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Stone lines and burnt bones: ritual elaborations in Xiongnu mortuary arenas of Inner Asia

  • Bryan K. Miller (a1), Cheryl A. Makarewicz (a2), Jamsranjav Bayarsaikhan (a3) and Tömörbaatar Tüvshinjargal (a3)
Abstract

The vast mortuary complexes of the Xiongnu, the world’s first nomadic empire (c. 200 BC–AD 100), were important statements of elite power and ritual commemoration in Inner Asia. Very few of the features that accompanied the main tombs, however, have been fully excavated and investigated. This study is one of the first to assess completely the small archaeological features—and associated faunal remains—that surround the more monumental structures, features that intimate substantial investments in, and ritual activities around, these mortuary arenas. This research provides an important contribution to the understanding of the social politics of ritual practices and the development of complex institutions in steppe pastoral societies.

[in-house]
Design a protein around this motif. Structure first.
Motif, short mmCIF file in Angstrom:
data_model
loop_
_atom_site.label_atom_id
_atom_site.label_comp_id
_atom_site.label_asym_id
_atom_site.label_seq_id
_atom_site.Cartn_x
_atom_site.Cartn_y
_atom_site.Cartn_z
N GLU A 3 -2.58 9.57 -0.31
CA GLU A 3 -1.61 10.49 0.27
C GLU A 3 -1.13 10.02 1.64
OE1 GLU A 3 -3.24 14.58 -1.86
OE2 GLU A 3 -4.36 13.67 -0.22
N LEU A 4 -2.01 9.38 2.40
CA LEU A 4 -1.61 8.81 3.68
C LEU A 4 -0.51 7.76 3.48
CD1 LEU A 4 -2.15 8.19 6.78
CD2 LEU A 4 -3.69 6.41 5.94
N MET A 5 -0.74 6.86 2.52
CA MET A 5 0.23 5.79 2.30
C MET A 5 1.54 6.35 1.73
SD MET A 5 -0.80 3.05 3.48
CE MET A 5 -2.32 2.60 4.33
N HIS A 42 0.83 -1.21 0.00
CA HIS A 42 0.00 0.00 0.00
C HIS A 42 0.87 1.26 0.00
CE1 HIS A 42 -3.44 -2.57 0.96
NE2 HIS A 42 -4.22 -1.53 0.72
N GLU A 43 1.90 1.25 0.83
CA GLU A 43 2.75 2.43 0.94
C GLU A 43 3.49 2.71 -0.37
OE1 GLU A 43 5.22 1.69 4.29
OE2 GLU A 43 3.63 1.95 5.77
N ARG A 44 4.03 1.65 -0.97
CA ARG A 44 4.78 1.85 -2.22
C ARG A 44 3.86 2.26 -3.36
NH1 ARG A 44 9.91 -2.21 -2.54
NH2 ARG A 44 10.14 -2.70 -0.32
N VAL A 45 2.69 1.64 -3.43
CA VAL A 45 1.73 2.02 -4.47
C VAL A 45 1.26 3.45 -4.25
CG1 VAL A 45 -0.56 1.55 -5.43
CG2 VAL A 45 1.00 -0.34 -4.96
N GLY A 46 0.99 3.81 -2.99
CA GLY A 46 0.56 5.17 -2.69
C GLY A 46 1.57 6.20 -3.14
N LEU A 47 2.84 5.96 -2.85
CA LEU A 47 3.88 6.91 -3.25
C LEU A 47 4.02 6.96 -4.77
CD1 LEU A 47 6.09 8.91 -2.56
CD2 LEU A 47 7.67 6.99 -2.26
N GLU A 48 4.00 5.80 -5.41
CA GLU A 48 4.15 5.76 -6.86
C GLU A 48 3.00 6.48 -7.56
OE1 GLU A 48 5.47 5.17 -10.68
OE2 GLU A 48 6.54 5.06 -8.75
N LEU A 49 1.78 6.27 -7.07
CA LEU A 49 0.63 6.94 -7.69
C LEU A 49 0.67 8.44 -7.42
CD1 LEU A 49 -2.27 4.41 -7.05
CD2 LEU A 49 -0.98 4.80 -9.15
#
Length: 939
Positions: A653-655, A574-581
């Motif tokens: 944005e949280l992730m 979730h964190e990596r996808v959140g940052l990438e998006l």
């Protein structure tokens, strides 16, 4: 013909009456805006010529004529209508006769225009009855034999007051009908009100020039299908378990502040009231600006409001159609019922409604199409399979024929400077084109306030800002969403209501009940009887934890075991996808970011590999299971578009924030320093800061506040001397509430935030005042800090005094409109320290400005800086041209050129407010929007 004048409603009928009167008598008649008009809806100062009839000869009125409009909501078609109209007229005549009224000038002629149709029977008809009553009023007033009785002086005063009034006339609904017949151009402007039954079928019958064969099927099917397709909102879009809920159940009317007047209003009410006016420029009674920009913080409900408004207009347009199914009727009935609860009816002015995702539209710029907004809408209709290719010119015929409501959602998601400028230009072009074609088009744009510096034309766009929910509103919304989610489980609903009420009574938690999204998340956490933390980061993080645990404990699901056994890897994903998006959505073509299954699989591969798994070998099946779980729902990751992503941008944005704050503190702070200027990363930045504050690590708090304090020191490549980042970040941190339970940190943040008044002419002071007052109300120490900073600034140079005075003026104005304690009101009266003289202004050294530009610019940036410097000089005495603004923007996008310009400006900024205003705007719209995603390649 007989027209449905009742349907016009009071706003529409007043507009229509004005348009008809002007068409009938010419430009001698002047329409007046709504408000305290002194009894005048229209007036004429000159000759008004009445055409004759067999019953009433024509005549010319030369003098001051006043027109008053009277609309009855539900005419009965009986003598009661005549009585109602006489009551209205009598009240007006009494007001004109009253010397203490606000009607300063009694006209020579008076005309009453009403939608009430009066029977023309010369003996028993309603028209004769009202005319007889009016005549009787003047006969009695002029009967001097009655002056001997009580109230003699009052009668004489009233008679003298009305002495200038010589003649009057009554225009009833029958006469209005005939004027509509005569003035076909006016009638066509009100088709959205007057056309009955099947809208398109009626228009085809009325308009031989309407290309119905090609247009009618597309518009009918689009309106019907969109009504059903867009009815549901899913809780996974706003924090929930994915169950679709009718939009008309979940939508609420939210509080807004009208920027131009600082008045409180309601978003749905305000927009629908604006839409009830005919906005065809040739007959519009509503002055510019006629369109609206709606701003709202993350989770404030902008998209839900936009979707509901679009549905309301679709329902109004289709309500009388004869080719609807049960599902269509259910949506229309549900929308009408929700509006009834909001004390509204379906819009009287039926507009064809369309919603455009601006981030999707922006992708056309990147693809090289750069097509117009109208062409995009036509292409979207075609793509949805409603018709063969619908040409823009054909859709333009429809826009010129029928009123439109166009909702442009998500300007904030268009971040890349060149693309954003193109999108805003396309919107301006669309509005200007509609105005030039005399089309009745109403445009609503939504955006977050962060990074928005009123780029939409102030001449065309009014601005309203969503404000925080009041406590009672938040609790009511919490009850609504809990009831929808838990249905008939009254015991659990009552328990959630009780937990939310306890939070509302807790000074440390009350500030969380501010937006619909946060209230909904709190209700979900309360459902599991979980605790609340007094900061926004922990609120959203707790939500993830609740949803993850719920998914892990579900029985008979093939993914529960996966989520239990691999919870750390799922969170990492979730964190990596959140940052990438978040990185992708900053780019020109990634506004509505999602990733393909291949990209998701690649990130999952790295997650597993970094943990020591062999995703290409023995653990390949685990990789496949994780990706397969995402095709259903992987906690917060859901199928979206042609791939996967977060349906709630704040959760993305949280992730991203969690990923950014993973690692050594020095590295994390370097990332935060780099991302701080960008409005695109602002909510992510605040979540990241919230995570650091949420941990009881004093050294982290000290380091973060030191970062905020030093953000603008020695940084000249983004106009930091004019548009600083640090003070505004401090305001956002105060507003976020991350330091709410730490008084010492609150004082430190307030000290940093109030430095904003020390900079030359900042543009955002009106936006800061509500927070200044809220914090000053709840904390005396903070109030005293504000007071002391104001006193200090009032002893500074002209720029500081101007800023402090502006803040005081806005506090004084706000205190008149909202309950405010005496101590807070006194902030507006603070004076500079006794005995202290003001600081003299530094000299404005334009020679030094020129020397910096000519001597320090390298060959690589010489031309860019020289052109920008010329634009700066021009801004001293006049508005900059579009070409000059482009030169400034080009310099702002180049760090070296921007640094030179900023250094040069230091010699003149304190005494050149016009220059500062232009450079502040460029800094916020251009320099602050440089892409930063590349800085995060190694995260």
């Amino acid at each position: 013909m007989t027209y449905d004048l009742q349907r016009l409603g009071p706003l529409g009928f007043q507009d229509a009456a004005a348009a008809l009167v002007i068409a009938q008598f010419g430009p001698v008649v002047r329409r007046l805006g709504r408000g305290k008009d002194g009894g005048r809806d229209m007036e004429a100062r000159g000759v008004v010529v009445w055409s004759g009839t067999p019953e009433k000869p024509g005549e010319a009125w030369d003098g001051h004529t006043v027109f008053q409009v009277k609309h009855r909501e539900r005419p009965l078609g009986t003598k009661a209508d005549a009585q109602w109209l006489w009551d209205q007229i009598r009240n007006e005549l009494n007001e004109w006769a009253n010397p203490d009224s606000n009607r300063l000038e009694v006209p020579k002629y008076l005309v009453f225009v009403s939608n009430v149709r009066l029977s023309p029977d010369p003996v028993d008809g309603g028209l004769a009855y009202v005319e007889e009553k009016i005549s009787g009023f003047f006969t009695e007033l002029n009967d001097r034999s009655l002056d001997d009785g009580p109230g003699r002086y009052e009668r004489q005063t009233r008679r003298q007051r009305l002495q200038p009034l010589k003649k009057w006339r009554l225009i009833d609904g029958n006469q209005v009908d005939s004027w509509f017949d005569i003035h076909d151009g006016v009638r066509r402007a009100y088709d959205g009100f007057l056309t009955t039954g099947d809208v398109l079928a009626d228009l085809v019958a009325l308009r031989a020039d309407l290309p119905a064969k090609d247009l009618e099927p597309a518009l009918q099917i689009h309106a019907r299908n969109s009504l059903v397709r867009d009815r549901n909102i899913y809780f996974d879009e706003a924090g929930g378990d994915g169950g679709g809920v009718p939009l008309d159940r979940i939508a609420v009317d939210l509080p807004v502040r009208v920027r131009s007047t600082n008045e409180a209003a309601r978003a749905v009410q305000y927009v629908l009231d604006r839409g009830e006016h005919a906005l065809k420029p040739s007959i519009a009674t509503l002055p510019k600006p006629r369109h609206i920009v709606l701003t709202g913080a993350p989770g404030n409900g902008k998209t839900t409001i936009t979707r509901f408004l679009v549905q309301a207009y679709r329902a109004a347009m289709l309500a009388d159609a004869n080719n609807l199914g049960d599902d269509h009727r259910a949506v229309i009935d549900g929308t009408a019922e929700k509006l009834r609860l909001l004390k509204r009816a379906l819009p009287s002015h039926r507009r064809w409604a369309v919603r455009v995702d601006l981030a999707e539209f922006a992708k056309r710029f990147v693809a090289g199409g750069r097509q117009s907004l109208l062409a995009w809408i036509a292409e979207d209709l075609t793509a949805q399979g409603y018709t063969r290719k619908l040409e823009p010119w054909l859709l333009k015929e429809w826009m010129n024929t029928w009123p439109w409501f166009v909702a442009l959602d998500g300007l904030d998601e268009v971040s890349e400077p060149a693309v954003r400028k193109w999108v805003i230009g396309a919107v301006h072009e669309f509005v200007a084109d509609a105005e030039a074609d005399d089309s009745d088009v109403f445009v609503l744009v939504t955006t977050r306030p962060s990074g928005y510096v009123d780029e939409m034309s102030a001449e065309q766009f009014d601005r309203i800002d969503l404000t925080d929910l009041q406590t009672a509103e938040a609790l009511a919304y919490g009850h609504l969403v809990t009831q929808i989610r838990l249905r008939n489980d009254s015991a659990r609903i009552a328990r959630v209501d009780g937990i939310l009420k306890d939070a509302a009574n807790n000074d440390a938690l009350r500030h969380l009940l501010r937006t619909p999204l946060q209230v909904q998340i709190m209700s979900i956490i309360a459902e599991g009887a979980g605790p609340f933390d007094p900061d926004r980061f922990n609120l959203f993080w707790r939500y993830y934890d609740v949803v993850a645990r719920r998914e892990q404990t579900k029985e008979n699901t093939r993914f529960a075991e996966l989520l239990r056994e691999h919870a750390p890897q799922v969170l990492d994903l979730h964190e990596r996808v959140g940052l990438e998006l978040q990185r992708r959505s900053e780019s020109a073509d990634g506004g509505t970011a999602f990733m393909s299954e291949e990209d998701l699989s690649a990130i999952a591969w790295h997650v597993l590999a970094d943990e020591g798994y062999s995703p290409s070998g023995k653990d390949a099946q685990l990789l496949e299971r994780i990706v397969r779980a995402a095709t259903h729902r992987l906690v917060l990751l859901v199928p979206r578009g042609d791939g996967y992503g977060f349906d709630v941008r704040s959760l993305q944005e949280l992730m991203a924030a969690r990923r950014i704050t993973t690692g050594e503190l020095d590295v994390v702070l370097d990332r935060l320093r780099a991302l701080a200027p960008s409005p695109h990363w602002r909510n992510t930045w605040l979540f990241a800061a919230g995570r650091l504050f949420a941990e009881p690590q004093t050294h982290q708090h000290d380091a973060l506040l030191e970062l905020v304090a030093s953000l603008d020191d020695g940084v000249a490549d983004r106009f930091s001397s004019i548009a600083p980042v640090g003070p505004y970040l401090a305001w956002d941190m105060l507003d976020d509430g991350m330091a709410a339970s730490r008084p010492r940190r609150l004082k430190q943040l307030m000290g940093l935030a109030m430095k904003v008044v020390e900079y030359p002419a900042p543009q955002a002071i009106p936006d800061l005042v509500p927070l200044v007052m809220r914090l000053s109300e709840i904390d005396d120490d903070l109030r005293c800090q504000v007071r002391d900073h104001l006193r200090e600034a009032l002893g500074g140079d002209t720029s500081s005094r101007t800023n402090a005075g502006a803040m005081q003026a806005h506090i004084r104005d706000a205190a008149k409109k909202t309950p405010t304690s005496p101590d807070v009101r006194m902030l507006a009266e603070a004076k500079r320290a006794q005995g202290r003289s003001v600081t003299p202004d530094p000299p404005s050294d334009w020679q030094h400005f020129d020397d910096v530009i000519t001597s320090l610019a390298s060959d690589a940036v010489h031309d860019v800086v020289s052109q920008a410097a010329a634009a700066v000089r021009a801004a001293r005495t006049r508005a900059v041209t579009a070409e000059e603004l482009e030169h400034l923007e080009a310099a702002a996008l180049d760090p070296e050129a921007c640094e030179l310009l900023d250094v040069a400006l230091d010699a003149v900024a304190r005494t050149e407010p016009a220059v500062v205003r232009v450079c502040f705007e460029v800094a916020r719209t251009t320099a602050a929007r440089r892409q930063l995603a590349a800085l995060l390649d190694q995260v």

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*Author for correspondence (Email: bryan.miller@history.ox.ac.uk)
References
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